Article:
‘I know that only the LordGod can and will
In the film ‘Before Sunset’, Ethan Hawke muses to an ex-lover as to why he left her for another in order to become a husband then father: ‘I chose my best self over my honest one.’ Moments later, ‘honesty’ overtakes him and he tumbles into bed with his old flame.
Much is made today about such ‘honesty’—as if getting real with your bad self is virtuous. We portray ‘best’ selves as sexless and stodgy; ‘honest’ selves warrant sweeping sound-tracks and soft porn montages. Raising the banner of authenticity, men and women break their vows to God and each other in order to fuse with a sweeter fix. ‘To thine own self be true’ is the adulterer’s creed–forsaking all others for a better conversation or orgasm.
So Sue ditches husband and kids for Jim. Or for Jenny. Gender does not matter much here; what does is waking up for a few mornings with someone who ‘gets you’ and is happy for you ‘to get’him or her, sensationally.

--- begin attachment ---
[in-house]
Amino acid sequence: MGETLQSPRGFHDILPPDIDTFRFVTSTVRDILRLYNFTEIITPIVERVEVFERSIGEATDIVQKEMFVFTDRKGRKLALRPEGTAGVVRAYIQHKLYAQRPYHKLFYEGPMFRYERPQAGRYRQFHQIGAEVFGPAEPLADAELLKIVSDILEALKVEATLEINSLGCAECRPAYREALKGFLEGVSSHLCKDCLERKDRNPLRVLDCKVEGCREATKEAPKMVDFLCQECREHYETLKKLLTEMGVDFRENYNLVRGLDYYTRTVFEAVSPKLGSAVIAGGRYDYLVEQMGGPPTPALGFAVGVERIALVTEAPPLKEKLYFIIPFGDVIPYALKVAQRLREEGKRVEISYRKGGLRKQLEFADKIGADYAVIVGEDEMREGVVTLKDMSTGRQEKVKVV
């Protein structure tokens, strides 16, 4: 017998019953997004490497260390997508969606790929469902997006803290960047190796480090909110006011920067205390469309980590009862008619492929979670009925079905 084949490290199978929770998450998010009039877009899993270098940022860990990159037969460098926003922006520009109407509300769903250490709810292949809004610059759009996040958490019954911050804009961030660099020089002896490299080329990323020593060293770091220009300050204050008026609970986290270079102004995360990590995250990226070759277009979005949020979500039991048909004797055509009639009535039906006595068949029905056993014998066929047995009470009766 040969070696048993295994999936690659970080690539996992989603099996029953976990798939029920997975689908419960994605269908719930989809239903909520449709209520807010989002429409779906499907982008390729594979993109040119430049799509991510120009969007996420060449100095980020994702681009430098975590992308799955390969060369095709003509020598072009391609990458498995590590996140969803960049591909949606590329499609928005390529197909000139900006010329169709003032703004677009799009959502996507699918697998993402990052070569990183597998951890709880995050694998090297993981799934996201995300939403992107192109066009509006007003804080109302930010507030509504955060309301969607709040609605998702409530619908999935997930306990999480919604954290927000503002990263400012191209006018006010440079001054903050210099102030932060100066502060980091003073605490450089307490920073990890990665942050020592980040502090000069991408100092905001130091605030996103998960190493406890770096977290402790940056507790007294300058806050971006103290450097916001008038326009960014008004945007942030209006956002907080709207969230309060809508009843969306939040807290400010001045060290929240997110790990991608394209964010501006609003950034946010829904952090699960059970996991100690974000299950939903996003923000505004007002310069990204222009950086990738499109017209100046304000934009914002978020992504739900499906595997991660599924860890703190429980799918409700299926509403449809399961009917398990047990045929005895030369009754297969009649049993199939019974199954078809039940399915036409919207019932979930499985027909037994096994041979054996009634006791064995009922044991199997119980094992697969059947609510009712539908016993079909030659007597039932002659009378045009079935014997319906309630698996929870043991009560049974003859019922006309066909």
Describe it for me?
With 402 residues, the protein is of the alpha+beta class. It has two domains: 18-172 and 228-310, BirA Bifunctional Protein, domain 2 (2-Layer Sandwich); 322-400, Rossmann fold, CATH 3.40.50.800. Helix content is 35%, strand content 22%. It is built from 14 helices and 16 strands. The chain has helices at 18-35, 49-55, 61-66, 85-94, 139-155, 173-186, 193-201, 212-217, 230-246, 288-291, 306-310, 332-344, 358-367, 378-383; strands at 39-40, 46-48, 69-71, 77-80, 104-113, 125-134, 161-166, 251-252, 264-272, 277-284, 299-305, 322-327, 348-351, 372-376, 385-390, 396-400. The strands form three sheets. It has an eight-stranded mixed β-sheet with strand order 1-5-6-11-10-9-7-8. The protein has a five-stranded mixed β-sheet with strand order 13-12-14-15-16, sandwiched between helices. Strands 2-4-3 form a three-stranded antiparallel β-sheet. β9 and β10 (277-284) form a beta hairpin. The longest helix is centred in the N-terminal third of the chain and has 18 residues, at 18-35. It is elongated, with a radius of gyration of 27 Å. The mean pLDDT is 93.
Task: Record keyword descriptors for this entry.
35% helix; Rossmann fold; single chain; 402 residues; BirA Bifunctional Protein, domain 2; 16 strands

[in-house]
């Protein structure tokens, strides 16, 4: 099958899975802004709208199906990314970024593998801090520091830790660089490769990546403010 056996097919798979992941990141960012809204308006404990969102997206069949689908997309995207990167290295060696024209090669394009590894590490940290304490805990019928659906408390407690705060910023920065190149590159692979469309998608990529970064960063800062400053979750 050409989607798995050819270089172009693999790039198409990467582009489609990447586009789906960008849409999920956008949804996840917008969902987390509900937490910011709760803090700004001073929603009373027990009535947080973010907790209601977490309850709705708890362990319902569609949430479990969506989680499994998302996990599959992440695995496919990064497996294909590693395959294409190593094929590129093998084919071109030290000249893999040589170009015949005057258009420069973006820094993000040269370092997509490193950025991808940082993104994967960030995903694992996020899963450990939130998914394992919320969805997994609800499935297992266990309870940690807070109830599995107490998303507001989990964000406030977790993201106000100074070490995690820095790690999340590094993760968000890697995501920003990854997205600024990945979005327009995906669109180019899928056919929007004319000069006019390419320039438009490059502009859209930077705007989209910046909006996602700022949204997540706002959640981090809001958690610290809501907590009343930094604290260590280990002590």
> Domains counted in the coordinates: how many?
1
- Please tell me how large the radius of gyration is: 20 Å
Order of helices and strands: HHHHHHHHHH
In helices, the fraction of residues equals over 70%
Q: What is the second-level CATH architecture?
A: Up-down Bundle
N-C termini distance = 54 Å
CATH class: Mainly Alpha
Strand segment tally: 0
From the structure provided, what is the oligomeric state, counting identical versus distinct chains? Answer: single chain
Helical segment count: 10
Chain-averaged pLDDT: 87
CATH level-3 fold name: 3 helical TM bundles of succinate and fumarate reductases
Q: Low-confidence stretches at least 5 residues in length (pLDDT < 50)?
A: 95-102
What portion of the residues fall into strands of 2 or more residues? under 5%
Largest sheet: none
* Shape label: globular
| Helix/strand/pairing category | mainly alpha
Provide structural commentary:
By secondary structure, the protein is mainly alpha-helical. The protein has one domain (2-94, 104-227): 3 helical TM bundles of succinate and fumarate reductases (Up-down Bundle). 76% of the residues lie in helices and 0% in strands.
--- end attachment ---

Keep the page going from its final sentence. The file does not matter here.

Authentic adultery. We’ve all encountered it with close friends and possibly came close to agreeing with:‘That marriage died a long time ago; finally she found her soul-mate’, or ‘He’s always been gay and now is free…’ When we romanticize the needs of one to the exclusion of others, we contribute to the abandonment of a host of dependents who actually need Mom and Dad to reach for their best.
Advent provokes us to become our best. John the Baptist heralds the true
The Baptist, inflamed by the soon-coming King, implored his followers to turn from sin and toward the One who incinerates all falsehood to expose gleaming truth (LK 3: 16, 17). That self emerges only through
John confronts us with a glimpse of Glory, before whom we flee or surrender. Jesus gives us the choice to agree with Him before He knocks us off our high horse of disordered dreams—myths of contours that complement ours perfectly.
He levels us to the ground in order to raise us according to His best for our lives. This is the authentic self who lives for Him and who endures whatever limits us
From a prison cell on theeve of his execution, Advent ’44, Delp wrote:
‘Human honesty requires
What man contributes to his own great liberation into a fulfilled life consists of honest humility, willing openness, readiness to serve, authentic testimony, and praise. If
Please take time to watch our new video and become ‘Chaste Together.’